It recently dawned on me that I should probably go to the gym to work on some of this stuff in conjunction with cycling. The leg extension machine at 24 Hour Fitness has adjustable range of motion, which means I wouldn't have to start the extention from a deep knee bend. My orthopedist and the physical therapy folks said to avoid that when I'm working on my quads.

    Have you heard of the book "Explain Pain"? It's a little bit goofy at times but I think they break down the latest understanding of pain in a way that the average person can understand. It's one of the textbooks for my course and I like it a lot.
    Never heard of it. Thanks.
    1w2-6w5-3w2 so/sp

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  8. #8
    Emperor/Dictator kyuuei's Avatar
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    It is a full time job, except you don't get to take any sick days. I remember Christmas last year I spent 2 days unable to sit at all because the weight of my own upper body would throw my hips into immense amounts of pain. I pretty much stayed dehydrated because it was easier to be thirsty as shit than to go to the bathroom. It was the first time I needed to resort to muscle relaxers as well.

    The worst is that I have so many good days in a row that it feels like someone hands me this when it flares up.

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  9. #9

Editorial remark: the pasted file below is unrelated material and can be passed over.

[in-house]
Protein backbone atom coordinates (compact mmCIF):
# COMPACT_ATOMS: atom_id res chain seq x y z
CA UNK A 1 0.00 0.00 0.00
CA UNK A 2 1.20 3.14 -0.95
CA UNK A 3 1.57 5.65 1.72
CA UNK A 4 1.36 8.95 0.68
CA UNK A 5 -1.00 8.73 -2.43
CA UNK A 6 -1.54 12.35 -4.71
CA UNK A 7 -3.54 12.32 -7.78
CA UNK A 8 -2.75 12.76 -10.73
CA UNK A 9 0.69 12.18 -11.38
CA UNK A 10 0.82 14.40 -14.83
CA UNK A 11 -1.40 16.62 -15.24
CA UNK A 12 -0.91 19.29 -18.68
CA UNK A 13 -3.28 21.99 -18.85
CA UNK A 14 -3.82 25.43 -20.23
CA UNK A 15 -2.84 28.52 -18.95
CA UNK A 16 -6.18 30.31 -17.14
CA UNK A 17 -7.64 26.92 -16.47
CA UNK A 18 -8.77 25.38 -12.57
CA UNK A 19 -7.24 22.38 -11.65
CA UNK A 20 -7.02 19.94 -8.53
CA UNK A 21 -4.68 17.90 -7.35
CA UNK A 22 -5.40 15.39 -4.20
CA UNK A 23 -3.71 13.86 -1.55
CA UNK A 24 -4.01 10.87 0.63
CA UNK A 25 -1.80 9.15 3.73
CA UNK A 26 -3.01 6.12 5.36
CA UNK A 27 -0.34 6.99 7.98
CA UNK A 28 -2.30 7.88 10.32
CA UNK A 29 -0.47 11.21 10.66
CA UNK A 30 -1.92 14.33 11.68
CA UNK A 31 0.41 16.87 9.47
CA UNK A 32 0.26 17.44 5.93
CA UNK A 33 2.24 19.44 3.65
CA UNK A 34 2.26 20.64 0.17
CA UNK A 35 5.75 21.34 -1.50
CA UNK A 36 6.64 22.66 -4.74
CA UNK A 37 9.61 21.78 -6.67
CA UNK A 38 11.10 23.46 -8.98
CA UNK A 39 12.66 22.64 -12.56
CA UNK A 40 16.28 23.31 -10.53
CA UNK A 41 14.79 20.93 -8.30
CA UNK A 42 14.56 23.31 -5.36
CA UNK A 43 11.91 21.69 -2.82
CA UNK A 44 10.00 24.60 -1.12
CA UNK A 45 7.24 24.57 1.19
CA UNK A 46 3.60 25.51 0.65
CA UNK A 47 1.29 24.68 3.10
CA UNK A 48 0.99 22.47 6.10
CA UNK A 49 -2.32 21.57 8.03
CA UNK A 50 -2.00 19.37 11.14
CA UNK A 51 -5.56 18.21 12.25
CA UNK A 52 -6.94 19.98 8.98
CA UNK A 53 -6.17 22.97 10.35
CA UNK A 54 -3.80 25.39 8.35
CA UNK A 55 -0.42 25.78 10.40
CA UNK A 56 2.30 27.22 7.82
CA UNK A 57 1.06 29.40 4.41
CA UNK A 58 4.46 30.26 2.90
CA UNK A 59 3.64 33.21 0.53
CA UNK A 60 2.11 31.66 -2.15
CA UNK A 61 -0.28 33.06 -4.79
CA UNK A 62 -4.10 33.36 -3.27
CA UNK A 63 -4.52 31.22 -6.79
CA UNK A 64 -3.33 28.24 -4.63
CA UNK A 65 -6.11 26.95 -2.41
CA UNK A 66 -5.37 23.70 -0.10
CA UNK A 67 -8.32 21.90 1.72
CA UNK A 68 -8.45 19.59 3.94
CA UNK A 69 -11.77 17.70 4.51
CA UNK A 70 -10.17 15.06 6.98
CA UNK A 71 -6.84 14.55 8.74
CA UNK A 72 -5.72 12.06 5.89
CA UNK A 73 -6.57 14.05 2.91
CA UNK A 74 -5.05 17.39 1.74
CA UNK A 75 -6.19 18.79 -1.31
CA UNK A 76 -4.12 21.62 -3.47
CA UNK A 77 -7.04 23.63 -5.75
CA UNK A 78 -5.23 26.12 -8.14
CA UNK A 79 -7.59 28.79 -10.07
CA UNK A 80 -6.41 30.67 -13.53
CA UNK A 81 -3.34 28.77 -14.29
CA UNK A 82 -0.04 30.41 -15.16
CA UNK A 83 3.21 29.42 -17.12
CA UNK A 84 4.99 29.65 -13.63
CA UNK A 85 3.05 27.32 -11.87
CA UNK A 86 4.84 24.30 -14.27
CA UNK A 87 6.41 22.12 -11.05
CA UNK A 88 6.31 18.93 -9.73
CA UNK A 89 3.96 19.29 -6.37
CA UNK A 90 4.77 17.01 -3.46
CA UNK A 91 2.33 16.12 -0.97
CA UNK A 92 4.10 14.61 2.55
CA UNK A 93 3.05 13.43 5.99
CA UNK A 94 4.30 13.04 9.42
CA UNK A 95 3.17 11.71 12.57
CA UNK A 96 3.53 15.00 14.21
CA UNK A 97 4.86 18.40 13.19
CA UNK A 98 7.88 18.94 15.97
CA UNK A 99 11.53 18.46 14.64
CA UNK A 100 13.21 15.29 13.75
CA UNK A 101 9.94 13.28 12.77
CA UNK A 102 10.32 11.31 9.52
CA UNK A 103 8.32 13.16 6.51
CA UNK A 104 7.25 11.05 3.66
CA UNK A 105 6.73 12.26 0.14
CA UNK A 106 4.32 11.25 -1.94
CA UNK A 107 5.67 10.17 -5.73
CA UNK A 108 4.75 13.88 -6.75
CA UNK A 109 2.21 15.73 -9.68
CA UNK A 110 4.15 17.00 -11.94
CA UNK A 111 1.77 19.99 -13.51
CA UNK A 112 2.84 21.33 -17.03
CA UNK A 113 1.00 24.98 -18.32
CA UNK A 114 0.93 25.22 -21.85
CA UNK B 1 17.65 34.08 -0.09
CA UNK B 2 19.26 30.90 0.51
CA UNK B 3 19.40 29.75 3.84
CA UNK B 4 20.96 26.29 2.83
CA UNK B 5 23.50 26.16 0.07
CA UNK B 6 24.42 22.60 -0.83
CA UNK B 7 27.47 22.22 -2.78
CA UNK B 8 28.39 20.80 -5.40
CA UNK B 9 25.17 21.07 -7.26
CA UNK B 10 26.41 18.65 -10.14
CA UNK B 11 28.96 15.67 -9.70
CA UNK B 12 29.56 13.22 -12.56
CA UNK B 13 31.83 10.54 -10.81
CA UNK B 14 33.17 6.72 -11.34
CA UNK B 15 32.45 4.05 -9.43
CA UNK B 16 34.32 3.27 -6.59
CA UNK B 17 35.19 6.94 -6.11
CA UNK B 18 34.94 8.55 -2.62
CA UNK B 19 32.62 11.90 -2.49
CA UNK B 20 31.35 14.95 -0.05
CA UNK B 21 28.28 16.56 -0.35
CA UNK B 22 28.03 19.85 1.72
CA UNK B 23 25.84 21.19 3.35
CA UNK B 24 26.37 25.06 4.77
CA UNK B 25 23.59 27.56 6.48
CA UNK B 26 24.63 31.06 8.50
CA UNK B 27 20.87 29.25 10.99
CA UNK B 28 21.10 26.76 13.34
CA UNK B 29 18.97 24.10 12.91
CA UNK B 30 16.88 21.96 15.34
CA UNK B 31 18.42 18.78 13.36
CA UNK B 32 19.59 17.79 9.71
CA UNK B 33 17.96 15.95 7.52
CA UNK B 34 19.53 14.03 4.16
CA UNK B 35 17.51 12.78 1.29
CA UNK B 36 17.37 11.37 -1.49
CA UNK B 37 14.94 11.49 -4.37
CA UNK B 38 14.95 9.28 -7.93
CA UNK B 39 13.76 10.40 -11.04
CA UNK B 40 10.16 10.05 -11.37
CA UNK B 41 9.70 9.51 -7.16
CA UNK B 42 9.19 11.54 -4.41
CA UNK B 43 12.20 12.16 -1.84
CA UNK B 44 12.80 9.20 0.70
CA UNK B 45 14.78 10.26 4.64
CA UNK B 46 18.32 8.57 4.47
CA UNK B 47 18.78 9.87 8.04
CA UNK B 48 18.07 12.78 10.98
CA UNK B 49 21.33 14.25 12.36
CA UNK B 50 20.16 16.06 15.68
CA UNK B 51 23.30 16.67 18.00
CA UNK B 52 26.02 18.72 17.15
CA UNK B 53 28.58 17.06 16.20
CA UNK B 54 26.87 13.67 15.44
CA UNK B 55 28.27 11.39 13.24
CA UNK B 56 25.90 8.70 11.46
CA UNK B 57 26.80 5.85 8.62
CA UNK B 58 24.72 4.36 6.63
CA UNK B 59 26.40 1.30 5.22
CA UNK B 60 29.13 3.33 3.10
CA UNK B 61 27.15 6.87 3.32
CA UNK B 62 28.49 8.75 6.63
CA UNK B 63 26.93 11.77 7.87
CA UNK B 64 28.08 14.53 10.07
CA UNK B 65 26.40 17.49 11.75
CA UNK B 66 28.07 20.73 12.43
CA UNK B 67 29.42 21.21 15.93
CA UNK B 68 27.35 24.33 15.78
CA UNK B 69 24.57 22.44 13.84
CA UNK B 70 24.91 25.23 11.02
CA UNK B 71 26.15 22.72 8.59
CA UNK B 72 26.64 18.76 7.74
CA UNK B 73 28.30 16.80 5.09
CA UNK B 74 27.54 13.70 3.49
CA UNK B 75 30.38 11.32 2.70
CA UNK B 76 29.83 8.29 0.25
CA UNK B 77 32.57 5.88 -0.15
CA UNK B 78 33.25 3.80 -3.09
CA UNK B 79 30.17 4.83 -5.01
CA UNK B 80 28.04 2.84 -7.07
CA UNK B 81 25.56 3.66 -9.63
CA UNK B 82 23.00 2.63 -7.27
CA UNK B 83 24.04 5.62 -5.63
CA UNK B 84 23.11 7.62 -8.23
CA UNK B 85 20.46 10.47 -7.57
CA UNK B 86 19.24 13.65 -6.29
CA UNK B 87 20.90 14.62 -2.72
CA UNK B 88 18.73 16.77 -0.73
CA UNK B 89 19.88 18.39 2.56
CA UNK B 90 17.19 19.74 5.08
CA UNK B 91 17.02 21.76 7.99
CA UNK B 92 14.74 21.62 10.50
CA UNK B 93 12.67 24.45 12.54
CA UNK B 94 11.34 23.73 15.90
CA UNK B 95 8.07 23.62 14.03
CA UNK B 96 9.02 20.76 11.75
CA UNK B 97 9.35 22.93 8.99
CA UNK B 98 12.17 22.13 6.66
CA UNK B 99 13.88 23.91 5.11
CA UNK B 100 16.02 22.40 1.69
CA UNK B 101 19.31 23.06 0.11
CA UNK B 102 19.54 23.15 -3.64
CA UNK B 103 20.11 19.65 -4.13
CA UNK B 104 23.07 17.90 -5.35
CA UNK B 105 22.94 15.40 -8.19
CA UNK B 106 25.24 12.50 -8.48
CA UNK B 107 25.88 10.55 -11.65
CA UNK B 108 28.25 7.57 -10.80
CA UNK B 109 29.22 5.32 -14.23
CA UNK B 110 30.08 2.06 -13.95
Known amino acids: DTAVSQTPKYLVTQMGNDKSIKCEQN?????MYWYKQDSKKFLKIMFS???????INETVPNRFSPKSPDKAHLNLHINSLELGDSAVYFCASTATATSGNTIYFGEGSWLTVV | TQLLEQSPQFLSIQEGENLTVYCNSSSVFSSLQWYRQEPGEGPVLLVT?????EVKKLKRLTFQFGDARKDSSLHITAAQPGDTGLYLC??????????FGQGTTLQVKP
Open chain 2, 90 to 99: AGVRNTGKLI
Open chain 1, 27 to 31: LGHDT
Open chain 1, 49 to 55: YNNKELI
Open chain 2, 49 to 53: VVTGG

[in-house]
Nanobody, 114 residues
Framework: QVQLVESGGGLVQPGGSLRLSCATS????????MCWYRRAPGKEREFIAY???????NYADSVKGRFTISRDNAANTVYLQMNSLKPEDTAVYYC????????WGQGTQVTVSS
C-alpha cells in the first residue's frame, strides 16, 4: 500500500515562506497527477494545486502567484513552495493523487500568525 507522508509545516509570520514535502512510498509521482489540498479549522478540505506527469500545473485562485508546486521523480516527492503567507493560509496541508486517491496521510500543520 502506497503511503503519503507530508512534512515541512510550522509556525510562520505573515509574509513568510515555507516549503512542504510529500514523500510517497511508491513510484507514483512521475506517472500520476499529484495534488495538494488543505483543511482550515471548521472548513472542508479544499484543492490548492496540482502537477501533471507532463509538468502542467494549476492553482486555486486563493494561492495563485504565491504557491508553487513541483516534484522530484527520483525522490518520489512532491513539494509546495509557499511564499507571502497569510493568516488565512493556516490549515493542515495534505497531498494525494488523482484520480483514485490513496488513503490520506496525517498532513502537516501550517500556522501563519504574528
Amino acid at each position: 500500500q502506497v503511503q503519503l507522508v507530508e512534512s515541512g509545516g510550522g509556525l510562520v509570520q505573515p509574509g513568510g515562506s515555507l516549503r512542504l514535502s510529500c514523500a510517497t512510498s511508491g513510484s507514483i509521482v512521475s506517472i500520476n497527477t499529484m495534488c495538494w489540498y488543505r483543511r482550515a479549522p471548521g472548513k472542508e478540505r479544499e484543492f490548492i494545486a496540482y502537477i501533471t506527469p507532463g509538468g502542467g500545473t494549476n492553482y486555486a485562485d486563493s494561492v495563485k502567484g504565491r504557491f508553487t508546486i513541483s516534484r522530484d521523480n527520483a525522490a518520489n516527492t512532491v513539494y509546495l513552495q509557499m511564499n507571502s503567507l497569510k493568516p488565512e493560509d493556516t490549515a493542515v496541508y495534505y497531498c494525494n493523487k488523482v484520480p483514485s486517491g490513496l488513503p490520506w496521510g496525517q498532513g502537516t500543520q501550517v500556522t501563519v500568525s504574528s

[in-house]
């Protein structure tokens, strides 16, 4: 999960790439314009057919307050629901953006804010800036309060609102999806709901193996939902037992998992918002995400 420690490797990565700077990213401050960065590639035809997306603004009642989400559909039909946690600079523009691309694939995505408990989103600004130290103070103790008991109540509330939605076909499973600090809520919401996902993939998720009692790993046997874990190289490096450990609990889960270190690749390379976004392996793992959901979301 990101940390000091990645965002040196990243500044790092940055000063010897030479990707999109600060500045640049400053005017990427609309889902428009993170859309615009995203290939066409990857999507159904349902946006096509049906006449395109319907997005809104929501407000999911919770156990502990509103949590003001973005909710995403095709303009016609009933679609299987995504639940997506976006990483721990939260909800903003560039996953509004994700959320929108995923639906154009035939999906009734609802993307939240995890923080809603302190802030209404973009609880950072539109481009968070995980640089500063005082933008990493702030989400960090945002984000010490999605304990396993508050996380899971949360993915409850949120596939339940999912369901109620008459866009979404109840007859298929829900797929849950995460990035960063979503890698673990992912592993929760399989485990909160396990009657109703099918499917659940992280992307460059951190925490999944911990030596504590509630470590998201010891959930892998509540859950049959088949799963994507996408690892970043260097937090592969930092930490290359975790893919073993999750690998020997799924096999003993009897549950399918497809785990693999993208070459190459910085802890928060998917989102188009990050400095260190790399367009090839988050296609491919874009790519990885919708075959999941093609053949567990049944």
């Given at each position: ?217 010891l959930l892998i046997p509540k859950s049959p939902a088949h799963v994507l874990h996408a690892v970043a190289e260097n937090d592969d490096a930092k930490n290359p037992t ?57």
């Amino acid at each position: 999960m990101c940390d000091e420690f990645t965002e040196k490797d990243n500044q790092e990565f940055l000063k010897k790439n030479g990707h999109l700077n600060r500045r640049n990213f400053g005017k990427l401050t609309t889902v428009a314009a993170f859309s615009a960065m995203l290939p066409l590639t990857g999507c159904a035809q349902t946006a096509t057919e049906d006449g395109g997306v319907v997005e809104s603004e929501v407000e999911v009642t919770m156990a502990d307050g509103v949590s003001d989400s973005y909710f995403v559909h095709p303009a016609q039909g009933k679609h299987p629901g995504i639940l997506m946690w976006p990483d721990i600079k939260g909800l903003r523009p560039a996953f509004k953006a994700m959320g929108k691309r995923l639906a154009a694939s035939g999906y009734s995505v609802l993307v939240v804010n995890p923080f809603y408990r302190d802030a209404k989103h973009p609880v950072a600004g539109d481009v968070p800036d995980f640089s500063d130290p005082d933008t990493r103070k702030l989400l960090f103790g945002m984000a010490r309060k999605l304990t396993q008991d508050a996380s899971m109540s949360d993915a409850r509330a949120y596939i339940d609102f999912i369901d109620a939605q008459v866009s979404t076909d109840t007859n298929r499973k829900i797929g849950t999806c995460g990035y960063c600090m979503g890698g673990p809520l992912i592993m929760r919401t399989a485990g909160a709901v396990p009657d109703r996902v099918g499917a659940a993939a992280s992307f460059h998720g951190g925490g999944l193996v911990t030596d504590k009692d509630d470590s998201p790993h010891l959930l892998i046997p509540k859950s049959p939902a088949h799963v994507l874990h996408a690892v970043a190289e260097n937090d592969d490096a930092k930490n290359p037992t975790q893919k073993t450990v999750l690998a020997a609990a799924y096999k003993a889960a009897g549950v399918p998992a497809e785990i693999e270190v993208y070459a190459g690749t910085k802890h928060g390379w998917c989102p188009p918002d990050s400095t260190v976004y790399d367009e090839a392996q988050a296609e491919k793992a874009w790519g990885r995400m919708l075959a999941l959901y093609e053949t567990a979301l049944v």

likes this gromit's Avatar
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    Quote Originally Posted by SD45T-2 View Post
    I've had physical therapy a couple times. Once for my shoulder and once for my knee. I've been trying to ride my bike faithfully this summer. I have to be careful not to push too hard or my quad might pull my kneecap out of alignment and make it seize up. My lowest gear is 24:30, so I can just crawl up the tough hills if I need to.

    It recently dawned on me that I should probably go to the gym to work on some of this stuff in conjunction with cycling. The leg extension machine at 24 Hour Fitness has adjustable range of motion, which means I wouldn't have to start the extention from a deep knee bend. My orthopedist and the physical therapy folks said to avoid that when I'm working on my quads.

    Never heard of it. Thanks.
    Yeah that a great idea

    You can also do mini squats which don't put you into deep knee flexion but you still get a workout to the quads and glutes.



    If you want any other modified exercise ideas, let me me know the muscles you wanna work on and any pain limitations!
    Your kisses, sweeter than honey. But guess what, so is my money.
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  10. #10
    Sweet Ocean Cloud SD45T-2's Avatar
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    Quote Originally Posted by gromit View Post
    Yeah that a great idea

    You can also do mini squats which don't put you into deep knee flexion but you still get a workout to the quads and glutes.

    If you want any other modified exercise ideas, let me me know the muscles you wanna work on and any pain limitations!
    Thanks. In physical therapy I did the one where you step up on the box sideways with one leg. You probably have a better name for it.

    My orthopedist has reminded me on a few occasions that it would be good for me to work on my hamstrings too. I just can't do seated leg curls. For some reason it causes pain on the right leg and runs kind of rough. Assuming I'm identifying these parts correctly, the pain is at the tendons at the bottom of the semitendinous and semimembranous. Lying leg curls aren't pleasant, but they're more doable. IIRC, the nearest 24 Hour Fitness also has a lying leg curl machine, so that seems like the way to go.
    1w2-6w5-3w2 so/sp